MAXWELL: The South’s growth is good for GOP

1/17/2001 – Printed in the EDITORIAL section of the St Petersburg Times Newspaper



That kind of travel made you conscious of borders; you rode ready for them. Crossing a river, crossing a county line, crossing a state line _ especially crossing the line you couldn’t see but knew was there, between the South and the North _ you could draw a breath and feel the difference.

_ Eudora Welty

CHAPEL HILL, N.C. _ In their publication the State of the South 2000, researchers at MDC Inc., a non-profit organization based in Chapel Hill, paint a picture of a South, a landscape of racial, social and cultural ambivalence, that is changing from the one novelist Welty describes and has become a major player in many areas of American life and abroad.

“Not long ago,” MDC researchers wrote, “you could easily categorize typical Southerners at work: mill hands and farm hands, clerks in the dry-goods stores, and hardworking folks wearing straw hats. Only an elite few went off to college, and then practiced law, managed companies, or engaged in commerce beyond.”

In 2001, we cannot identify the typical Southerner at work because the South’s economy looks like those of other regions. Dixie’s work force is as diverse as that of the nation itself. Even with its myriad race problems and remnants of Jefferson Davis’ esprit, the South (the 11 states of the old Confederacy, along with Kentucky and Oklahoma) is no longer isolated but is woven into the mainstream.

During the fifth meeting of the Southern Journalists Roundtable at the University of North Carolina, this good news was brought into sharp relief with another Southern development that most average Americans have not followed: During the last several years, Southerners have virtually ruled the Beltway and have set much of the nation’s political and social agenda. And do not forget that one member of the Supreme Court’s powerful conservative wing, Clarence Thomas, is Georgia-born.

Nowhere, except in sports, has the South’s power manifested itself more than in the 2000 presidential election. The South elected George W. Bush the 43rd president. (And, by the way, along with Bush’s election, Southerners remain in firm control of many powerful congressional committees.)

The electoral map shows that Vice President Al Gore won a majority in every region except the South, the core of conservatism where a flag still can make or break a governor. Bush enjoyed a whopping 163-to-0 victory here. Sixty percent of Bush’s electoral votes came from below the Mason-Dixon Line. And, remember, Gore even lost the electoral battle in his beloved Tennessee.

Political expert Rhodes Cook, author of the highly regarded Rhodes Cook Letter, states that the South is the only region where Republicans collected a majority of electors in any election since the party last took the White House in 1988, when George W.’s dad won in most regions.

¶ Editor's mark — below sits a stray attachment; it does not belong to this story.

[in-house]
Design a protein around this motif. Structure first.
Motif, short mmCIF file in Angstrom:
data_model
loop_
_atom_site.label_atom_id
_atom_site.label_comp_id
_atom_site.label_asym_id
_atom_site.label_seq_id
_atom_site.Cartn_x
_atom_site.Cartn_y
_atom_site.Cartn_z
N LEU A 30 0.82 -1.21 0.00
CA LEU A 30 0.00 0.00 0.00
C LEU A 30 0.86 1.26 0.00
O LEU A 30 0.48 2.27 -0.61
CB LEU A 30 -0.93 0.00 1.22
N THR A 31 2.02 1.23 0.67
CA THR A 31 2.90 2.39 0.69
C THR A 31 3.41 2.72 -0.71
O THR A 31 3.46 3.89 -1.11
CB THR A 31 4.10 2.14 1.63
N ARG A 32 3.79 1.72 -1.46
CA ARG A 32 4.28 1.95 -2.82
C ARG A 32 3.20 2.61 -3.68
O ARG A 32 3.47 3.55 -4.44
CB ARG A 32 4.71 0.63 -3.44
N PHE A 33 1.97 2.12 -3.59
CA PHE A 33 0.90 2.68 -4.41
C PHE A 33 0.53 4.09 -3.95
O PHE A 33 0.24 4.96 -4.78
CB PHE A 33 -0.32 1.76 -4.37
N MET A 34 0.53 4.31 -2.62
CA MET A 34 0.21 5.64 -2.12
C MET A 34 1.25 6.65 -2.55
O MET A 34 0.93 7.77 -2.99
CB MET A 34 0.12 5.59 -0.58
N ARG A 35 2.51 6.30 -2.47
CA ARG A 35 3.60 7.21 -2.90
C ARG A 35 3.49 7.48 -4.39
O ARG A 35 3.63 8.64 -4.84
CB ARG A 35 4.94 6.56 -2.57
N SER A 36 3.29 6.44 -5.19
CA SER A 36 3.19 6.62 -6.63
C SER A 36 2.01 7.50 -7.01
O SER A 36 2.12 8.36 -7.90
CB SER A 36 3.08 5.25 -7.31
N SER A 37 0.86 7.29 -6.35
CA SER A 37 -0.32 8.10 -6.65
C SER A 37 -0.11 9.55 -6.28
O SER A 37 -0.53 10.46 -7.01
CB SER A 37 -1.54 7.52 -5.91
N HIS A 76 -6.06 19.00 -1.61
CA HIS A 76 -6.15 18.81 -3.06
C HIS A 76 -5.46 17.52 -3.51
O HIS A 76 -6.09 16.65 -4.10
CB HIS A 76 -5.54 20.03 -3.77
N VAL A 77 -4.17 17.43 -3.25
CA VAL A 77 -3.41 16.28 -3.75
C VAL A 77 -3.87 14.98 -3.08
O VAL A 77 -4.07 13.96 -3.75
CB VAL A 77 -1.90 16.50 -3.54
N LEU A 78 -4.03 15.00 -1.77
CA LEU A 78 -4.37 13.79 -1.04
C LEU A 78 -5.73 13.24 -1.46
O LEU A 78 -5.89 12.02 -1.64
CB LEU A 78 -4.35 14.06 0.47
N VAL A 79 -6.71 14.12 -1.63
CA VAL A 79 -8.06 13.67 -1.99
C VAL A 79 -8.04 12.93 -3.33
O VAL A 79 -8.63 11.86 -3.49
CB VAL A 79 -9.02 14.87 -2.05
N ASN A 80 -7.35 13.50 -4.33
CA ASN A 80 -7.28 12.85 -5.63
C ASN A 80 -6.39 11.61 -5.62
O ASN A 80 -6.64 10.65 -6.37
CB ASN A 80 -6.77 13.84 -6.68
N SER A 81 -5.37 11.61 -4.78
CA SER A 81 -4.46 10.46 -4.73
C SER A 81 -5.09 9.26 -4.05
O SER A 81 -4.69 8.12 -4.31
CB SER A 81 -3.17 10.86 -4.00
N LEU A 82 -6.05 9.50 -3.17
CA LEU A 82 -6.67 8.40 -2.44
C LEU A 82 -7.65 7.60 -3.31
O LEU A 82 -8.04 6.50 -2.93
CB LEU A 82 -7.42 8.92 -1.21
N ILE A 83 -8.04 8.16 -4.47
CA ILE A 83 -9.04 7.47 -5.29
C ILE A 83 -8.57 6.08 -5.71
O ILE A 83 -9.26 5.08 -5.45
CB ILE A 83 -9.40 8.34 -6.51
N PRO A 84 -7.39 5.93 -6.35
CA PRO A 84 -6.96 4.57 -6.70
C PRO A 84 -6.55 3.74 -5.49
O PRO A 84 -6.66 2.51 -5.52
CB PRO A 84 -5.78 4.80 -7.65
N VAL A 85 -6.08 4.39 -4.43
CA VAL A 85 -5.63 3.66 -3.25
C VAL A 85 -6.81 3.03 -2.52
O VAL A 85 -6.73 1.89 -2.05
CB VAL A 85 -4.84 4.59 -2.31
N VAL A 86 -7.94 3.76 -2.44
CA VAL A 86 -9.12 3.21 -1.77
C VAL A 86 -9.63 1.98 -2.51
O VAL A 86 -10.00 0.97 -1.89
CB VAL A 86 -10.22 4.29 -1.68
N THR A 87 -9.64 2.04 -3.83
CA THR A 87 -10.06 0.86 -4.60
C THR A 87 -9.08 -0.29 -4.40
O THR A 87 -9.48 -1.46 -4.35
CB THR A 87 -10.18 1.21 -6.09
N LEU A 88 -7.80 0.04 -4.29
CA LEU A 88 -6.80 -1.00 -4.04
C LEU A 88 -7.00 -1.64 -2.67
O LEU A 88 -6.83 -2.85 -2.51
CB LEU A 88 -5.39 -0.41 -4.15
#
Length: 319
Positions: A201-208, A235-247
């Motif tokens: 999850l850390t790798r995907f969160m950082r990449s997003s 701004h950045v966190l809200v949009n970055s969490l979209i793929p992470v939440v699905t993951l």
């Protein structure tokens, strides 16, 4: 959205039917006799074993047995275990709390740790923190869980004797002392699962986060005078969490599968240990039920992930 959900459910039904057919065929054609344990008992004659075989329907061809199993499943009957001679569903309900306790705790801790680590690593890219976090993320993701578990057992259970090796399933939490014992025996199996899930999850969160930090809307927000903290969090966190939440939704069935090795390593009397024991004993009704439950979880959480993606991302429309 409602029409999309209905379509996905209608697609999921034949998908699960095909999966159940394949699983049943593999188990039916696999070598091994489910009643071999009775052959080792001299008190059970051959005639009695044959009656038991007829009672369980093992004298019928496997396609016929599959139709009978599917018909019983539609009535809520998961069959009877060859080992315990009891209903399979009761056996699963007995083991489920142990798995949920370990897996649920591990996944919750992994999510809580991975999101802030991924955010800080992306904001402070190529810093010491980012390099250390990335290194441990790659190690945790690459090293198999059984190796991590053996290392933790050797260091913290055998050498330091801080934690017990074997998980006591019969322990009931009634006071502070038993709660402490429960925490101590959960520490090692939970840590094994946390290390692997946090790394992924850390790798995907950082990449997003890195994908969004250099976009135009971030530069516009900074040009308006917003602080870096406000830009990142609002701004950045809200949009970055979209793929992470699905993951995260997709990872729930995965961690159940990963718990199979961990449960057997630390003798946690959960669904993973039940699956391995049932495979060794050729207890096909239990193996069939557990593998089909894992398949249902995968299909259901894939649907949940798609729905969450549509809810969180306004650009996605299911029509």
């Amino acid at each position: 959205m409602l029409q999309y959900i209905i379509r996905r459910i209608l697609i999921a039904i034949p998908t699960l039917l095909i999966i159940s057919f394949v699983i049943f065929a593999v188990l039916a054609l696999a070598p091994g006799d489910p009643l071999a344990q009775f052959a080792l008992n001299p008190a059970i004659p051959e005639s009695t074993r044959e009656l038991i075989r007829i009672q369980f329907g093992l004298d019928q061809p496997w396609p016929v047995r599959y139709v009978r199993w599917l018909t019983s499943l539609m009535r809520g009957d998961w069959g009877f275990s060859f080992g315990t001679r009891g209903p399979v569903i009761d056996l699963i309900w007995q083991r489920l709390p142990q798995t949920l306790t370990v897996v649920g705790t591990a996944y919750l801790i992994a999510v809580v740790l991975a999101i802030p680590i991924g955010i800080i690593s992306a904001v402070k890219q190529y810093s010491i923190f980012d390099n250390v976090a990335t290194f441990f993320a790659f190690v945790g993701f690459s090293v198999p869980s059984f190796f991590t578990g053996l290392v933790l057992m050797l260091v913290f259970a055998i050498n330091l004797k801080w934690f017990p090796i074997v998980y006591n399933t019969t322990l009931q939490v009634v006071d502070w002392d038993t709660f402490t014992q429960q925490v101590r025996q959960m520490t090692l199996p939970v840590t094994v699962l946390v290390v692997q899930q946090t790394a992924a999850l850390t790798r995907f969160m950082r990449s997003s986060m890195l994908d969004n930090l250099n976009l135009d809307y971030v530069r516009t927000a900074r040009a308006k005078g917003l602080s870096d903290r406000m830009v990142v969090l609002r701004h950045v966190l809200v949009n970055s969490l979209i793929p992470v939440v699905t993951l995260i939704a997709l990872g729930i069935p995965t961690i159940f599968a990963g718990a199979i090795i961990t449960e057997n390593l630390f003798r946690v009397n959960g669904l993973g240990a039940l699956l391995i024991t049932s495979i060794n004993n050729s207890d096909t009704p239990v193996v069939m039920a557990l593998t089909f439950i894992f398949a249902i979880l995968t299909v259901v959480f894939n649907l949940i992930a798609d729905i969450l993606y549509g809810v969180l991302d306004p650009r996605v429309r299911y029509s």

Cook shows, however, that the younger Bush’s victory was different from that of his father in at least one significant way: The elder Bush’s 1988 sweep of electoral votes outside the South occurred after the GOP had held the White House for six administrations from 1968 through 1988. Since then, the GOP has bombed out in other regions.

The electoral map crystalizes, moreover, the partisan nature of presidential politics and the South’s emerging influence for Republicans. Cook: “In the last three presidential contests (1992 through 2000), the GOP has been trampled by a cumulative 372-to-9 count in the Northeast, a 270-to-87 margin in the West, and a 268-to-119 tally in the Midwest _ an aggregate three-election total outside the South of 910 electoral votes for the Democrats, 215 for the Republicans.

“The South, though, has become a reliable Republican redoubt. Its tally has been 383-to-106 Republican in the last three elections, and it was wall-to-wall GOP in two presidential elections prior to that (1984 and 1988).”

A major question for the Southern strategists should be this: Will the rest of the nation continue to let itself be ruled by the likes of Jesse Helms, Trent Lott, Tom DeLay _ and now another Bush _ in a post-Cold War world?

Indeed, Bill Clinton and Gore are Southerners, but they embody the liberal sentiments that appeal to important electoral regions outside the South, especially in the Northeast and California, where a huge cache of electors can decide who resides at 1600 Pennsylvania Ave.

Liberal Democrats should worry that congressional reapportionment is based on the most recent United States Census. The South _ with significant population increases _ gained the most seats. Its meaning? More electoral votes for the GOP.